Due to issues outside of our control, we need to take down the Gateway, one of the oldest publicly accessible U.S. repositories of education resources on the Web. If you or your friend would be interested in taking on the support of the Gateway, please contact Diny Golder at dinyg@jesandco.org

The library will go down on April 15th if we don't find a sponsor by that time! Help us keep the Gateway up and running! Help keep this free, advanced, extremely popular site available.

Pod People


Summer may be in full swing, but many educators are already planning for the start of classes in the fall. In addition to reviewing classroom layouts and revamping lessons, some teachers use the “downtime” of summer to investigate new technologies and more effective ways of delivering information to their students.

Teachers are often mandated to incorporate more technology into their classrooms, but it makes little sense to introduce technology just for technology’s sake. Technology has to truly add value by enhancing student learning in some way. Remember the PowerPoint(less) epidemic of some years back, where presenters would simply transcribe their notes onto slides and read from them? Exactly. So what’s a time-strapped (and perhaps technology-shy) teaching professional to do?

There are a plethora of Web 2.0 and other tools available, some of which Peggy and I have discussed in previous columns (such as here and here. Summer presents a good opportunity for teachers to explore some types of technologies that can work well in the classroom, such as wikis, blogs, and podcasts.

Podcasting isn’t new, but it remains an inexpensive, easy, and effective way to deliver and share content. Podcasts can be downloaded to computers, iPods and other MP3 players, cell phones, iPads, and various other handhelds. They can also be easily created using the same types of media. Podcasting can address a variety of student learning styles, can deliver content quickly, and is thoroughly portable. Many educators are finding innovative uses for podcasts, such as vocabulary practice, English pronunciation and syntax exercises for ESL students, book talks, “field reports” from students on field trips, and the like.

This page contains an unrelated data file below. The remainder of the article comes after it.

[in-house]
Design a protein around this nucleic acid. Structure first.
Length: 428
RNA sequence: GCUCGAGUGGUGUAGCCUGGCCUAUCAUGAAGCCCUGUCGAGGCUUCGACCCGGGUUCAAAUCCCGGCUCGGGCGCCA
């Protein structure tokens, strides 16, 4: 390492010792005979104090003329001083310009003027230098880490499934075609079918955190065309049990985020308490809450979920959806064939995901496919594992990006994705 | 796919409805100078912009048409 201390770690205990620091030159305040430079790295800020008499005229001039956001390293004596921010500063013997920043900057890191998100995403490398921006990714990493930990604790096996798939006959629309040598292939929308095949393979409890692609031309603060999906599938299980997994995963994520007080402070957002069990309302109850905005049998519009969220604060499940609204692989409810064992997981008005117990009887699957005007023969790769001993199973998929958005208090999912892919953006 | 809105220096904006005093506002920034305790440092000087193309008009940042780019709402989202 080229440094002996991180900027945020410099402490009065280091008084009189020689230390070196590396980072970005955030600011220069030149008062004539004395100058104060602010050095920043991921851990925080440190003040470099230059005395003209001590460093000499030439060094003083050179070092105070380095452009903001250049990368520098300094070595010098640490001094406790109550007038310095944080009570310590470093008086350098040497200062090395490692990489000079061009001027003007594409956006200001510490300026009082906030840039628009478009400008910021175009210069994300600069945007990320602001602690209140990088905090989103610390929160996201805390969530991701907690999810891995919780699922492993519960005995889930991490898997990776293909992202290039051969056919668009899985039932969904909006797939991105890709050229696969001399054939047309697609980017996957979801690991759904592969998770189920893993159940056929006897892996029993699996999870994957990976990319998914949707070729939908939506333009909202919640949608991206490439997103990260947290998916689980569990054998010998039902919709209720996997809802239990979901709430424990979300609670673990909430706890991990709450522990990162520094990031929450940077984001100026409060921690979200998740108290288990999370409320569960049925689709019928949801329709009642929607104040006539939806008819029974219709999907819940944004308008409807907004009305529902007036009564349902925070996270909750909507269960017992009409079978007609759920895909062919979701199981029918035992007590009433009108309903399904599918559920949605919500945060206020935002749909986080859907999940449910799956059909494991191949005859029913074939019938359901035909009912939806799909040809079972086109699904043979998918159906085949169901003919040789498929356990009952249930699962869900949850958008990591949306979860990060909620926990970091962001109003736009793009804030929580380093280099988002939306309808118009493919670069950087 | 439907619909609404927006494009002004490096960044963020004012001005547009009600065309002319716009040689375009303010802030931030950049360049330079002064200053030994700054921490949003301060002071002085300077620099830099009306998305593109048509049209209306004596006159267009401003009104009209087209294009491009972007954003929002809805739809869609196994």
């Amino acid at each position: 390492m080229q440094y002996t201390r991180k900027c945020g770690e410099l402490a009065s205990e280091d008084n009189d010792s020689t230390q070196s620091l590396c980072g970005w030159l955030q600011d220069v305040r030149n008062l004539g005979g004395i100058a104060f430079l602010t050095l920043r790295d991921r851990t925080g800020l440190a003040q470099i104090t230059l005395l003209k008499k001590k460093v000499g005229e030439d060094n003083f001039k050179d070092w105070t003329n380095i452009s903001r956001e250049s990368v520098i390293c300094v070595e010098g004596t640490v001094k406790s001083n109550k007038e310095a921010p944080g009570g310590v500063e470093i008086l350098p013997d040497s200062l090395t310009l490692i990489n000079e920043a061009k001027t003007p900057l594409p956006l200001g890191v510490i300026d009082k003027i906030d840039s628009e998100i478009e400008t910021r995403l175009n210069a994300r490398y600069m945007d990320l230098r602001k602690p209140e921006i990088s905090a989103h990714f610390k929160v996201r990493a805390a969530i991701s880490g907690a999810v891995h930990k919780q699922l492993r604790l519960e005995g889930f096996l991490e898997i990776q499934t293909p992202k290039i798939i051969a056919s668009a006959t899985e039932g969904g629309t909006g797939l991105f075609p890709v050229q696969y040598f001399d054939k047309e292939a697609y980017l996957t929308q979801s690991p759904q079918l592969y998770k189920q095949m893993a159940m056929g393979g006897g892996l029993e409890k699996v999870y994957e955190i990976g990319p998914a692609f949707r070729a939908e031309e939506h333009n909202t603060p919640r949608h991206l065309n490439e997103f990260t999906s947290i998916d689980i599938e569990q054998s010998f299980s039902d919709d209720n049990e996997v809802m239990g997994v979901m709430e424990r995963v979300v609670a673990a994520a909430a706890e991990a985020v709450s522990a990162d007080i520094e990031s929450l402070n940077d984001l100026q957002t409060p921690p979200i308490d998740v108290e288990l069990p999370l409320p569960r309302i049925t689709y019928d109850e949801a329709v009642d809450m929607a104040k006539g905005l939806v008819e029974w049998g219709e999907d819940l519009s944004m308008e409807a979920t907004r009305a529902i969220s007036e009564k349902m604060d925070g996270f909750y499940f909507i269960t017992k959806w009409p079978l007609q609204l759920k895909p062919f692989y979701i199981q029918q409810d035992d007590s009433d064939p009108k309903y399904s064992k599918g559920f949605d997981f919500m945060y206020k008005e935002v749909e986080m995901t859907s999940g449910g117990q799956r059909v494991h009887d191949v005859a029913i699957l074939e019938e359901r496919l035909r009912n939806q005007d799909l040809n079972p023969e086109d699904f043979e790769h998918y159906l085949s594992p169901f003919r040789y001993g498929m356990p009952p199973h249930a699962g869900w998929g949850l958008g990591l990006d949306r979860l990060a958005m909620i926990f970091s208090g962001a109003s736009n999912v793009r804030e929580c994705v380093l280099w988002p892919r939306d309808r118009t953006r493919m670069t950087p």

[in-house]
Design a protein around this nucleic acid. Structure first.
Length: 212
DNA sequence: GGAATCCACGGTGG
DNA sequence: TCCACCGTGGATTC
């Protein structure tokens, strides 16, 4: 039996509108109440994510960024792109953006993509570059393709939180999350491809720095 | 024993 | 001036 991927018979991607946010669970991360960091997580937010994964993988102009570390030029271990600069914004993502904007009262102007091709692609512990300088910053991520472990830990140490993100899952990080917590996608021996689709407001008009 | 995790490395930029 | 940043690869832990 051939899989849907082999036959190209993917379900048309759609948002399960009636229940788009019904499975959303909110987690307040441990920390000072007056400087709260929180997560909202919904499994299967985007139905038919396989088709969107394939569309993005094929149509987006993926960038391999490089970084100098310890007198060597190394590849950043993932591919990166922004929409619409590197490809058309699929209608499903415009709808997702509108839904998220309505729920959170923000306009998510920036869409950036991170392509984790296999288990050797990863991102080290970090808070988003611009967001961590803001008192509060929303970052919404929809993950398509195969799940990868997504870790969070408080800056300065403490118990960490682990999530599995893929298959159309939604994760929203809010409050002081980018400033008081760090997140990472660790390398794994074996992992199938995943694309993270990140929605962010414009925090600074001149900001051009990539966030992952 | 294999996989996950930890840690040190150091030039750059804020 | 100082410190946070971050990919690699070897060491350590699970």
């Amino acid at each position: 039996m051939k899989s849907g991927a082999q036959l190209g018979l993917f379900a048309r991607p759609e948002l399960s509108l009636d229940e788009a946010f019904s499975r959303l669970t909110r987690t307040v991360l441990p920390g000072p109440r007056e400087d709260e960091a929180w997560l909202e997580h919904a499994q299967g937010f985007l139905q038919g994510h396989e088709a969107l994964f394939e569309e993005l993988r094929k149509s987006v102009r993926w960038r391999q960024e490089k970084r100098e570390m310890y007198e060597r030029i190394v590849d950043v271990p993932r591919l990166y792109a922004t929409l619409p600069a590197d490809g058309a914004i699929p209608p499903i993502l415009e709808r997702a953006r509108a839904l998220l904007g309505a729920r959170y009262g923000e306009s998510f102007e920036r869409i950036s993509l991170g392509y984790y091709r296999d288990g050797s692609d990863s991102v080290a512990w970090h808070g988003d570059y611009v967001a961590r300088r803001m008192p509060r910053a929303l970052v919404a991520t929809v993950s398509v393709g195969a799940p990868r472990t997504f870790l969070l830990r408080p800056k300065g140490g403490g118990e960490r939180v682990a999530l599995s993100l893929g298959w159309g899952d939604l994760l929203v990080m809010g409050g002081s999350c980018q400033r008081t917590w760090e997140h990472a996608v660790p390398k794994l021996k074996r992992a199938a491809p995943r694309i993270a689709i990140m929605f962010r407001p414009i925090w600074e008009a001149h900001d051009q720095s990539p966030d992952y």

My picks this week all feature lessons with podcasting components. Use them as they are, or as inspiration for incorporating podcasting into your own lessons. These lessons are from Lessonopoly, an open educational resource that aims to empower teachers to organize, create, and share resources. As always, check our Facebook and Twitter pages throughout the week for instructions on how to podcast, and for links to innovative podcasting resources.

Podcasting to Learn
Subjects: English, Language Arts
Grade: 2-5
In small groups, students create scripts that focus on an understanding of what they are writing, and the audience they are writing for. Topics could be a current event, classroom items, creative stories, and so forth. Students will then record and publish their work via podcasts.

Magic in Real Life
Subjects: English, Language Arts
Grade: 10
In this lesson, students hone their writing styles by incorporating a “magical” element of their childhoods resurfacing today. They then create podcasts about a related adventure that defines the role of family and culture in their futures.

La Semana Pasada
Subjects: Spanish, Current Events
Grade: 9-12
In this lesson, Spanish students use the Internet to research a current event in the Hispanic world, and prepare a brief podcast which compares and contrasts the issue at hand with articles previously published on the same topic.

~Joann's Picks - 7/23/2010~

Resources mentioned in this post: